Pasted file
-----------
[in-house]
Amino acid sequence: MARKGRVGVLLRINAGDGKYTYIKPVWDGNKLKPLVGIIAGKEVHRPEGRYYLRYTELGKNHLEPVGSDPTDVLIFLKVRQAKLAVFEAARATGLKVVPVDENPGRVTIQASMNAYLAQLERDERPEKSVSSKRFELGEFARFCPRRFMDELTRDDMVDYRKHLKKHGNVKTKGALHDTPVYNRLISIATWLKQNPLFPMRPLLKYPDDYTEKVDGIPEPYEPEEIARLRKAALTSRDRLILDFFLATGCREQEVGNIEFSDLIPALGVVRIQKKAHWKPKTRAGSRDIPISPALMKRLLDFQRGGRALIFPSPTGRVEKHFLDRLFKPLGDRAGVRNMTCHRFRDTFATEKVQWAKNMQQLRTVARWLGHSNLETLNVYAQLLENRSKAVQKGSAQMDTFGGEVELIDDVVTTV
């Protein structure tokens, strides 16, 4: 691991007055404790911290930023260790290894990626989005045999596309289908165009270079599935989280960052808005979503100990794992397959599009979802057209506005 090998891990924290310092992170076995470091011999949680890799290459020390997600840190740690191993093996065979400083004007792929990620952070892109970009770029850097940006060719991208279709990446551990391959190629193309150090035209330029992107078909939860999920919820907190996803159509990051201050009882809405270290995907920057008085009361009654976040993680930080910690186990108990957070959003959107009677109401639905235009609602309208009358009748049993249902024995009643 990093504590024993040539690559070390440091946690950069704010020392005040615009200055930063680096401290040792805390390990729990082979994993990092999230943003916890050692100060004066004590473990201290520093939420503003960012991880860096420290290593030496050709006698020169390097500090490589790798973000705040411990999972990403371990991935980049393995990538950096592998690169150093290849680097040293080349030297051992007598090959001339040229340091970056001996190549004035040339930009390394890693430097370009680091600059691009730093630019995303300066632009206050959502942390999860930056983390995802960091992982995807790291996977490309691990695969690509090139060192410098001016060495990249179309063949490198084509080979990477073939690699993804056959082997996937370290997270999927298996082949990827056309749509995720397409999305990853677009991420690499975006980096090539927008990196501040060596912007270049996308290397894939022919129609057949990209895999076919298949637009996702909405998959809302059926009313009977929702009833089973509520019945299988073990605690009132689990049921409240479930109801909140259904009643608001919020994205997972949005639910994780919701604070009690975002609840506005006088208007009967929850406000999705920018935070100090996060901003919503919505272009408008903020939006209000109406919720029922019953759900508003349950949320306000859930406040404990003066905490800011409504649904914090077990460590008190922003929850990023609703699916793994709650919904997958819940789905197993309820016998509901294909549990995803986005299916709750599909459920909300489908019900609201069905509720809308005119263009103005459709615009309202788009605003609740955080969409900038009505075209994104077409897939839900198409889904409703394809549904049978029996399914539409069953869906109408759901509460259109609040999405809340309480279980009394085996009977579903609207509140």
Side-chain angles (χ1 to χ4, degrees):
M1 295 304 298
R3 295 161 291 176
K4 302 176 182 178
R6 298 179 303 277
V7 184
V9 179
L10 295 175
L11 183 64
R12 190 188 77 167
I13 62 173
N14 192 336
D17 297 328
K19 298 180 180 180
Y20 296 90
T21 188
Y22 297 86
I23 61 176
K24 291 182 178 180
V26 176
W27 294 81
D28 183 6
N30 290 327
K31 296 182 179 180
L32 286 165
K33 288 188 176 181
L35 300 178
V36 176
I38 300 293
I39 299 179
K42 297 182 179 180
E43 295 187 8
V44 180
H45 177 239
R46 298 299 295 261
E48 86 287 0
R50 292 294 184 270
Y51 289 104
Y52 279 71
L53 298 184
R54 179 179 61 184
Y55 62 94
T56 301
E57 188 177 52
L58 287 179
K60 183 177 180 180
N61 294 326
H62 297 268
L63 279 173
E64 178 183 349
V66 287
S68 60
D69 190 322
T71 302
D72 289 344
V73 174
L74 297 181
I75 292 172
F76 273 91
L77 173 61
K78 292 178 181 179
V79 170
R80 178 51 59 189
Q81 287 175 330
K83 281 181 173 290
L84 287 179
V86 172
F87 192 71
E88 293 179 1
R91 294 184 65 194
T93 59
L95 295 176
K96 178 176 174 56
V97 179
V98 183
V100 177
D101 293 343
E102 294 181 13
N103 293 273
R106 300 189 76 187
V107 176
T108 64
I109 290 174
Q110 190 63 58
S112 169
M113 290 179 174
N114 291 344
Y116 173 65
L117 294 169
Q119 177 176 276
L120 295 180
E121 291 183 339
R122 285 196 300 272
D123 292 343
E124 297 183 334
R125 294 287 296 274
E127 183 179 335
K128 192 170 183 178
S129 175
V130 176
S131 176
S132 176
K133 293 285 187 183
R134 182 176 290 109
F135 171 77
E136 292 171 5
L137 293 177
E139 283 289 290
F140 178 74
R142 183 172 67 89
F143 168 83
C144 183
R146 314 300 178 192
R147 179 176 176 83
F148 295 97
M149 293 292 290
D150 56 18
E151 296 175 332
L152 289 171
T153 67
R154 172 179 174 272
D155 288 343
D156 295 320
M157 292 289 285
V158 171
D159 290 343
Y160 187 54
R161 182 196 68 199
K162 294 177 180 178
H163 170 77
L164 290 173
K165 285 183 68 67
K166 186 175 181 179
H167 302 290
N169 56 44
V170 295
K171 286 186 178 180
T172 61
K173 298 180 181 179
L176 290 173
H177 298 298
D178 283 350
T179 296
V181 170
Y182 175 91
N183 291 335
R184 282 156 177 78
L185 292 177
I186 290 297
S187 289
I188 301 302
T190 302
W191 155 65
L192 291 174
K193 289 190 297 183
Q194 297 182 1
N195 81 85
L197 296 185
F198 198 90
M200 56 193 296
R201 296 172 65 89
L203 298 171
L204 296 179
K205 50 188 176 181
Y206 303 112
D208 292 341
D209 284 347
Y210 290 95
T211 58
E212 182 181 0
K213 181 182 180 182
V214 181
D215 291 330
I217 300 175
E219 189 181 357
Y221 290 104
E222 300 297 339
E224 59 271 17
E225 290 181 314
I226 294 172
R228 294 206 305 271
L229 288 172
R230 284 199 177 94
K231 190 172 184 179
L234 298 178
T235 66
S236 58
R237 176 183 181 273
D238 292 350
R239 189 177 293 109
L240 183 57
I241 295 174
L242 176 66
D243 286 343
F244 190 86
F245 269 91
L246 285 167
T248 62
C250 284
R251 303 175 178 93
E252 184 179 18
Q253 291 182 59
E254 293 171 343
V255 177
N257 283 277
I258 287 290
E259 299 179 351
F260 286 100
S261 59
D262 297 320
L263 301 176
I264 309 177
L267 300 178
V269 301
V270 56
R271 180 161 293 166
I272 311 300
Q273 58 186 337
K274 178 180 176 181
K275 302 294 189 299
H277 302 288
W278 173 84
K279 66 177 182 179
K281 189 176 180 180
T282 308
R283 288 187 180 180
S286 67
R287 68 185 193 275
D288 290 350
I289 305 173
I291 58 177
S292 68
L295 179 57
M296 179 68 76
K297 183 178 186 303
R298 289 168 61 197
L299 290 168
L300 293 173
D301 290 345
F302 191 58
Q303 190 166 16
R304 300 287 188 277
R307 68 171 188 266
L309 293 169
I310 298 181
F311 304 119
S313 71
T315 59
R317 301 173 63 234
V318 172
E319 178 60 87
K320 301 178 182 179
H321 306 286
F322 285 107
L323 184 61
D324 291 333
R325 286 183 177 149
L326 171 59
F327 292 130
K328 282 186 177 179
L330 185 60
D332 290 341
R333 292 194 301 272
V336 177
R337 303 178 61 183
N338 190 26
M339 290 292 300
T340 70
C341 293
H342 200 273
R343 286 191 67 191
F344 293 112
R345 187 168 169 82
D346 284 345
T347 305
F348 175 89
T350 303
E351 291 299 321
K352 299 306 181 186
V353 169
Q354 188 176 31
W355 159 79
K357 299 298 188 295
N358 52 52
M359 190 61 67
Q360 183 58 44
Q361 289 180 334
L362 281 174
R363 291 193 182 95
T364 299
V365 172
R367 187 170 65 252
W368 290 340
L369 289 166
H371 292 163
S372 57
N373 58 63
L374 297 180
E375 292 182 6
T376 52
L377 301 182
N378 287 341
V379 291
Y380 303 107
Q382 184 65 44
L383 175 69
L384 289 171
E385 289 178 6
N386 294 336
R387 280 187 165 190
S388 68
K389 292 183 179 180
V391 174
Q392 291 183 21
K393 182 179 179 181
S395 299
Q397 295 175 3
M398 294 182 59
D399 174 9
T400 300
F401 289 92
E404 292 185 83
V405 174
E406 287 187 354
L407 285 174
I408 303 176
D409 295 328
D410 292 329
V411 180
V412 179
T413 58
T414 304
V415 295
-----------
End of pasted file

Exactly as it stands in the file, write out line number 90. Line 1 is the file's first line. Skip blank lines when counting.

N114 291 344